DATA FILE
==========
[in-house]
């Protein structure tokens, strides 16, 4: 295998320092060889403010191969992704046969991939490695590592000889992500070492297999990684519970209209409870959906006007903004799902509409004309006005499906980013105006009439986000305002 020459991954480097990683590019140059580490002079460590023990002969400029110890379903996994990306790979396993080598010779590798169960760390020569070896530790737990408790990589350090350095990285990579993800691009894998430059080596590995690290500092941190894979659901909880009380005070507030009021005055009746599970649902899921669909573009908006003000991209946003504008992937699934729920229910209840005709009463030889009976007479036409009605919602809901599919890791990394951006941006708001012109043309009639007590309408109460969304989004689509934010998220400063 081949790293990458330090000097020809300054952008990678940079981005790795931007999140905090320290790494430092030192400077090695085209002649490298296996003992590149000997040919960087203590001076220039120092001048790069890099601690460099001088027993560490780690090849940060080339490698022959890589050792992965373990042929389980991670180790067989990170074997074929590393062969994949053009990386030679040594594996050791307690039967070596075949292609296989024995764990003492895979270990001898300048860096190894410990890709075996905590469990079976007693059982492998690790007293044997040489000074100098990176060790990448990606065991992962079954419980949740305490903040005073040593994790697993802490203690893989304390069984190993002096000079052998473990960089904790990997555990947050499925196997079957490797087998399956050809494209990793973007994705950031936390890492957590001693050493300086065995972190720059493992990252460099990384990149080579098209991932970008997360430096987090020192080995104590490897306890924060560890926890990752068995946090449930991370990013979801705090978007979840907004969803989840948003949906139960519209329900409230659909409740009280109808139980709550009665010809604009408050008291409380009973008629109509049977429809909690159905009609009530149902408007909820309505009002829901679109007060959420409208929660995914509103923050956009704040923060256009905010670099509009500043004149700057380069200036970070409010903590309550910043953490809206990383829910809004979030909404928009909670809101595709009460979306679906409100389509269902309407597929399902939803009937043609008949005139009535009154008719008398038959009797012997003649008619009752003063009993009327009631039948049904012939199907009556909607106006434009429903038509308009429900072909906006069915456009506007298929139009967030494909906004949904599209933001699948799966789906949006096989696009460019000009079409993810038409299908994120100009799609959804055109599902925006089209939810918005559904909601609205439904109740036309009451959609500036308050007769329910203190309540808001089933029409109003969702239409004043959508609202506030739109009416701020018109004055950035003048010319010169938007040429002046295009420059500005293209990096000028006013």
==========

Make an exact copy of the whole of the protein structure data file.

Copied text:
[in-house]
């Protein structure tokens, strides 16, 4: 295998320092060889403010191969992704046969991939490695590592000889992500070492297999990684519970209209409870959906006007903004799902509409004309006005499906980013105006009439986000305002 020459991954480097990683590019140059580490002079460590023990002969400029110890379903996994990306790979396993080598010779590798169960760390020569070896530790737990408790990589350090350095990285990579993800691009894998430059080596590995690290500092941190894979659901909880009380005070507030009021005055009746599970649902899921669909573009908006003000991209946003504008992937699934729920229910209840005709009463030889009976007479036409009605919602809901599919890791990394951006941006708001012109043309009639007590309408109460969304989004689509934010998220400063 081949790293990458330090000097020809300054952008990678940079981005790795931007999140905090320290790494430092030192400077090695085209002649490298296996003992590149000997040919960087203590001076220039120092001048790069890099601690460099001088027993560490780690090849940060080339490698022959890589050792992965373990042929389980991670180790067989990170074997074929590393062969994949053009990386030679040594594996050791307690039967070596075949292609296989024995764990003492895979270990001898300048860096190894410990890709075996905590469990079976007693059982492998690790007293044997040489000074100098990176060790990448990606065991992962079954419980949740305490903040005073040593994790697993802490203690893989304390069984190993002096000079052998473990960089904790990997555990947050499925196997079957490797087998399956050809494209990793973007994705950031936390890492957590001693050493300086065995972190720059493992990252460099990384990149080579098209991932970008997360430096987090020192080995104590490897306890924060560890926890990752068995946090449930991370990013979801705090978007979840907004969803989840948003949906139960519209329900409230659909409740009280109808139980709550009665010809604009408050008291409380009973008629109509049977429809909690159905009609009530149902408007909820309505009002829901679109007060959420409208929660995914509103923050956009704040923060256009905010670099509009500043004149700057380069200036970070409010903590309550910043953490809206990383829910809004979030909404928009909670809101595709009460979306679906409100389509269902309407597929399902939803009937043609008949005139009535009154008719008398038959009797012997003649008619009752003063009993009327009631039948049904012939199907009556909607106006434009429903038509308009429900072909906006069915456009506007298929139009967030494909906004949904599209933001699948799966789906949006096989696009460019000009079409993810038409299908994120100009799609959804055109599902925006089209939810918005559904909601609205439904109740036309009451959609500036308050007769329910203190309540808001089933029409109003969702239409004043959508609202506030739109009416701020018109004055950035003048010319010169938007040429002046295009420059500005293209990096000028006013």